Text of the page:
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    eranzenbach's Avatar
    eranzenbach Posts: 2, Reputation: 1
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    #1

    Jul 30, 2016, 10:21 AM
    Arduino and home built capacitor sensors
    I am attempting to measure fluid levels in a chamber. To do this I have constructed a water-tight cylindrical capacitor sensor. The electrodes are copper strips applied to the outside of the cylinder. I have then covered the outside of the cylinder in a water-proof coating. The fluid fills the cylinder sensor as the fluid level rises. The electrodes are being discharged through a 1 megaohm resistor and I am using an arduino controller to charge and measure the capacitance using a pre-supplied library call. The device seems to work. I have run tests repeatedly using the same temperature fluid. As the fluid level in the chamber rises, so does the capacitor readings. As the fluid level falls, the readings fall. The problem is that there is so much variance in the readings that I cannot accurately tell the fluid level. I typically strobe (i.e. call the routine that charges and measures the discharge rates) the capacitor 200 times. According to the software package, there is no signal averaging by doing this, it just returns a cumulative value of how long it takes to discharge for the given number of attempts (in my case, 200). I also thought averaging the readings might help, so I am calling the routine that provides the measurement for 200 strobes 100 times and averaging the 100 readings.
    I need to determine the fluid levels within about 10 cm3. Is there something that I can do to the circuit electrically that will stabilize it more and provide more consistent readings? Thanks.
    ebaines's Avatar
    ebaines Posts: 12,132, Reputation: 1307
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    #2

    Aug 1, 2016, 08:46 AM
    Your theory seems sound,so I have to wonder if perhaps the variability is due to inconsistencies in how the capacitor is charged and the accuracy of timing the discharge. For example, prior to each run do you short the plates of the capacitor so that you always start with zero charge? Do the plates always charge to the same starting voltage? And how do you measure discharge time - is there a particular voltage value that you measure the time for? How accurate is the timing device?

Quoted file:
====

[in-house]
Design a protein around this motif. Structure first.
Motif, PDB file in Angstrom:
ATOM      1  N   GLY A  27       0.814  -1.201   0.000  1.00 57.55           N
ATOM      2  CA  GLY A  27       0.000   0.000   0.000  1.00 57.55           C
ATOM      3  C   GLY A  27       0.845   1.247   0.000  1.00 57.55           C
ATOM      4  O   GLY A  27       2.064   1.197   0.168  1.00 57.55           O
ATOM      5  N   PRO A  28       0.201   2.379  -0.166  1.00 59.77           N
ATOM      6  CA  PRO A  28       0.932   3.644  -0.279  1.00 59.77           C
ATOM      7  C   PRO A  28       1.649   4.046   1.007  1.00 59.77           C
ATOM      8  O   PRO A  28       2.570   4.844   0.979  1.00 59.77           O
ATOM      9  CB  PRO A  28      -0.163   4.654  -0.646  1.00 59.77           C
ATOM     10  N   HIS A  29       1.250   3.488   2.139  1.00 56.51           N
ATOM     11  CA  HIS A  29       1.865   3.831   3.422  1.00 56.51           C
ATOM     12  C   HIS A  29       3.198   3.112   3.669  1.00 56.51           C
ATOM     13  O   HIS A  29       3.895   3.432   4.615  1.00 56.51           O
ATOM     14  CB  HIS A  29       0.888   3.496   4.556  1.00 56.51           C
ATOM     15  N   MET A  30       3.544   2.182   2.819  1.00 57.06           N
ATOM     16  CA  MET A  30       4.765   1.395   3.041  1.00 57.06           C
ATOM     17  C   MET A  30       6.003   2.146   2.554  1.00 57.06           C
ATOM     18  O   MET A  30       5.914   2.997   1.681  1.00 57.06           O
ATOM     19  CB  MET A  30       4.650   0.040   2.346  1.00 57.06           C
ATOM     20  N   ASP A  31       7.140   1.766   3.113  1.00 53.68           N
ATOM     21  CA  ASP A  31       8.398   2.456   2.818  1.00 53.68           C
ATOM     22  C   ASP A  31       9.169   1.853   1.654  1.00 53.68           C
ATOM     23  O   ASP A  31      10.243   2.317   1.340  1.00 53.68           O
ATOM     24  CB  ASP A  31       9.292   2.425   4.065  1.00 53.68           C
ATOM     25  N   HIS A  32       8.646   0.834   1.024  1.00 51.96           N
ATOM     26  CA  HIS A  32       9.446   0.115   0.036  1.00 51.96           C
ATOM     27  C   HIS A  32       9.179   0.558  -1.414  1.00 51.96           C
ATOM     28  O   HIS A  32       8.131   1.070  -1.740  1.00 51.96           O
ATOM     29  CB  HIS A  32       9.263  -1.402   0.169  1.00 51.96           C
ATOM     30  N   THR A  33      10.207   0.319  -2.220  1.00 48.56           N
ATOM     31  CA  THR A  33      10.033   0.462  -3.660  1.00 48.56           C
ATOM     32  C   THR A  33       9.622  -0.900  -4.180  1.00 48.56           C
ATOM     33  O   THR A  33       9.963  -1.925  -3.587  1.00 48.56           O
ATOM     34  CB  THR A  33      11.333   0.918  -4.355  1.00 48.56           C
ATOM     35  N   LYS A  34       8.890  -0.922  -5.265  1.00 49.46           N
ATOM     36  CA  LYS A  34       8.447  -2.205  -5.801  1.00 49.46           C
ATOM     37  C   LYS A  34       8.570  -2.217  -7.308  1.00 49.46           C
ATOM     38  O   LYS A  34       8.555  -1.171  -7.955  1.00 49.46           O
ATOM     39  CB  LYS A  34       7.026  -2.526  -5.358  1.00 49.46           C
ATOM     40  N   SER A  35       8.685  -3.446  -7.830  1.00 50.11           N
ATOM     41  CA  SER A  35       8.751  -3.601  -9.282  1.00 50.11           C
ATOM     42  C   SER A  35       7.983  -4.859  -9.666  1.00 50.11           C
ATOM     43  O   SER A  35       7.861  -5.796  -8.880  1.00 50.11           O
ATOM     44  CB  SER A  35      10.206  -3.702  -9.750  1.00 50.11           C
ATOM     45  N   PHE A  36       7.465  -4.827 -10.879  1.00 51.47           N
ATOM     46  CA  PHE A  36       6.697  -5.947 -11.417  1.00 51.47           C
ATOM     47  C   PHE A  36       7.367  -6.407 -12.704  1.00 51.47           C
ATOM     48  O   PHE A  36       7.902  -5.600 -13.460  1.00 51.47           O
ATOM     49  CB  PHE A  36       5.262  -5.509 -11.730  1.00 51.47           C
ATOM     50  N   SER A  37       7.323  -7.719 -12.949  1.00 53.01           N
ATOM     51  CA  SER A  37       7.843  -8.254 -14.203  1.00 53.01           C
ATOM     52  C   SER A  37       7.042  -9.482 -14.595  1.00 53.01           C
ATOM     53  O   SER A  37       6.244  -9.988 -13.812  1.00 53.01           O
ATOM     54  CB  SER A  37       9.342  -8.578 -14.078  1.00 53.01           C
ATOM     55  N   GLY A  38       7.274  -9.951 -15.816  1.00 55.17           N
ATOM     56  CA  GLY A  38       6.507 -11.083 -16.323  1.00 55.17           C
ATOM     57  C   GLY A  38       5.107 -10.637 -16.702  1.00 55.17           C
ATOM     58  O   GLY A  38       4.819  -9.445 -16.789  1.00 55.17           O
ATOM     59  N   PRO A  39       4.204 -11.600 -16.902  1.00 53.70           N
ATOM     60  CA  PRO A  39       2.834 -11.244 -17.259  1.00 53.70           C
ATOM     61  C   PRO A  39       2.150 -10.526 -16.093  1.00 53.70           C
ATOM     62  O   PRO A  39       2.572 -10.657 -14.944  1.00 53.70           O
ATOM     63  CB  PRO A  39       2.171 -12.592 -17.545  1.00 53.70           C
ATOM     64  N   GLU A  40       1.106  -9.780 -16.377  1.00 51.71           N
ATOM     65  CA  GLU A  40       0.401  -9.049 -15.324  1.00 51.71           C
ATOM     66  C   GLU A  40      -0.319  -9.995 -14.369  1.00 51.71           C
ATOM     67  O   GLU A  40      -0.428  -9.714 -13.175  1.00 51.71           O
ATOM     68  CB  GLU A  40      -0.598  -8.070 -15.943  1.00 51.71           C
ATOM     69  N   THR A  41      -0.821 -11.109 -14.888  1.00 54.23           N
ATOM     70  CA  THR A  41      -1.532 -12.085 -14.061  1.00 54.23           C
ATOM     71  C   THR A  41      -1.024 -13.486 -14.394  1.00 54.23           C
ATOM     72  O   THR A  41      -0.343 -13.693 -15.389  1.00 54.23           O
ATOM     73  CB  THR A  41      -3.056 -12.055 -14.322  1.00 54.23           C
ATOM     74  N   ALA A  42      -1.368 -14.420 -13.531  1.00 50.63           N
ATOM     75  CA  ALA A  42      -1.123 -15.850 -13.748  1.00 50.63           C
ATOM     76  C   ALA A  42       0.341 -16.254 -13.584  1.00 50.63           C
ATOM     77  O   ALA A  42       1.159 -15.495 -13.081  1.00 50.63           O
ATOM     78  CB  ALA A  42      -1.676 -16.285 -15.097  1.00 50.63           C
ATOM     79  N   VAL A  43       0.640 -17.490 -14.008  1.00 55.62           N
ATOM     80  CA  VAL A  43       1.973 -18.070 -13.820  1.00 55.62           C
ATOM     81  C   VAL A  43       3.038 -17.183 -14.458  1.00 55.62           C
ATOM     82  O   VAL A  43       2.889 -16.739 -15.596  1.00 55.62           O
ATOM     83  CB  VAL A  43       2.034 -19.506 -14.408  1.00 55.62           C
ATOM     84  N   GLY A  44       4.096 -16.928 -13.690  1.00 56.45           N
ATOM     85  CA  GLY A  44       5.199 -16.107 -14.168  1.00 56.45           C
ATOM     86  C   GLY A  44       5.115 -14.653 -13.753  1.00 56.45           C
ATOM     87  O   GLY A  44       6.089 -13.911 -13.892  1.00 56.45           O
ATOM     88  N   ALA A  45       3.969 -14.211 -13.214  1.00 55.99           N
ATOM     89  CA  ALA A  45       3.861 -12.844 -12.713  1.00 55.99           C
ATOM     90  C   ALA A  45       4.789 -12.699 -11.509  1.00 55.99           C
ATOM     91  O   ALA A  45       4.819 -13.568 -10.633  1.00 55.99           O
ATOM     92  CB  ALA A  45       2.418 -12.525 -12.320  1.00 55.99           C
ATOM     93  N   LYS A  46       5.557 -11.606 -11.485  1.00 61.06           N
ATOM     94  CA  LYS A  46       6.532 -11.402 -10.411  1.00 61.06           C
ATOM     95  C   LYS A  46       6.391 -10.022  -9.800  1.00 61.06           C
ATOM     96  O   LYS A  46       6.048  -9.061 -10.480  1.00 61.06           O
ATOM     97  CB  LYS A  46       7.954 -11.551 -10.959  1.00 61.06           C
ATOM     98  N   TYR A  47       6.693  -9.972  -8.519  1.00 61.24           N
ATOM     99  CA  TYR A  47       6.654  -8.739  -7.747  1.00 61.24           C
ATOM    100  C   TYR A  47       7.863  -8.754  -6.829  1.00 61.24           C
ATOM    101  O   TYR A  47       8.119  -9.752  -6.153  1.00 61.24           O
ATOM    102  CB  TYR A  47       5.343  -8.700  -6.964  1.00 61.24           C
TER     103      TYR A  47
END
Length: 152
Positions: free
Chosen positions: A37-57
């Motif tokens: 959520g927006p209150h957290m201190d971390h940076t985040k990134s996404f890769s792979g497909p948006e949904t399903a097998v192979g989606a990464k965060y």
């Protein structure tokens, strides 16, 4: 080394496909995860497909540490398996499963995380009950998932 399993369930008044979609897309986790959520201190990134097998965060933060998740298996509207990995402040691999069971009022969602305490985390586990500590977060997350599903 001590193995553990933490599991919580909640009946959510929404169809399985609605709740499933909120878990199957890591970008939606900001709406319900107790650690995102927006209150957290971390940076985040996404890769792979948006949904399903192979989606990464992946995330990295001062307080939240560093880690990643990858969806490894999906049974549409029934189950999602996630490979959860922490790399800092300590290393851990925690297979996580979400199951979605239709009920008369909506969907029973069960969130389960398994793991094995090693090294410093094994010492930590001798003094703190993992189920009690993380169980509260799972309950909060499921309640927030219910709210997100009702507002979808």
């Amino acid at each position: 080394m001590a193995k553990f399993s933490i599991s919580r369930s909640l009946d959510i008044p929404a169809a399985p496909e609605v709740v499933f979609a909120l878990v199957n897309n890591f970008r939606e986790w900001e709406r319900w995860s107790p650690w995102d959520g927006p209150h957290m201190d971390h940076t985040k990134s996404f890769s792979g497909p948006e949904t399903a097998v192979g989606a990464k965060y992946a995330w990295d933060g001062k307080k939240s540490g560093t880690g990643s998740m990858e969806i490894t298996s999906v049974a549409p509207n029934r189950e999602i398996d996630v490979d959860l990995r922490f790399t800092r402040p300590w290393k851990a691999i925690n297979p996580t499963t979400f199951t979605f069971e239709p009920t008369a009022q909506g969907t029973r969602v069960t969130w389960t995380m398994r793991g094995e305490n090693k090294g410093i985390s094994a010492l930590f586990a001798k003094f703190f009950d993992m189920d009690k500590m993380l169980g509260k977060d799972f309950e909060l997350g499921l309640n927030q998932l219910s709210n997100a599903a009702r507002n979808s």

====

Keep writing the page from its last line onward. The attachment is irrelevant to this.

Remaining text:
eranzenbach's Avatar
    eranzenbach Posts: 2, Reputation: 1
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    #3

    Aug 2, 2016, 06:22 PM
    The charging and measuring is being done via an Arduino controller. The software package I use is a standard Arduino library. I simply specify what pins on the controller are to be charged and read and the call to capacitiveSensorRaw does the rests. I would assume that they ground the plates before each read. According to the library description, the plates are charged, then discharged and an internal counter is returned that gives the relative time of discharge. I have collected the one of the plates to a 1 megaohm resistor. I have just purchased a small commercial capacitor which I'll substitute for my "sensors" and am about to begin using that to see if the Arduino gives me readings within the tolerances of the capacitor. I appreciate the answer and I'll let you know what I discover.

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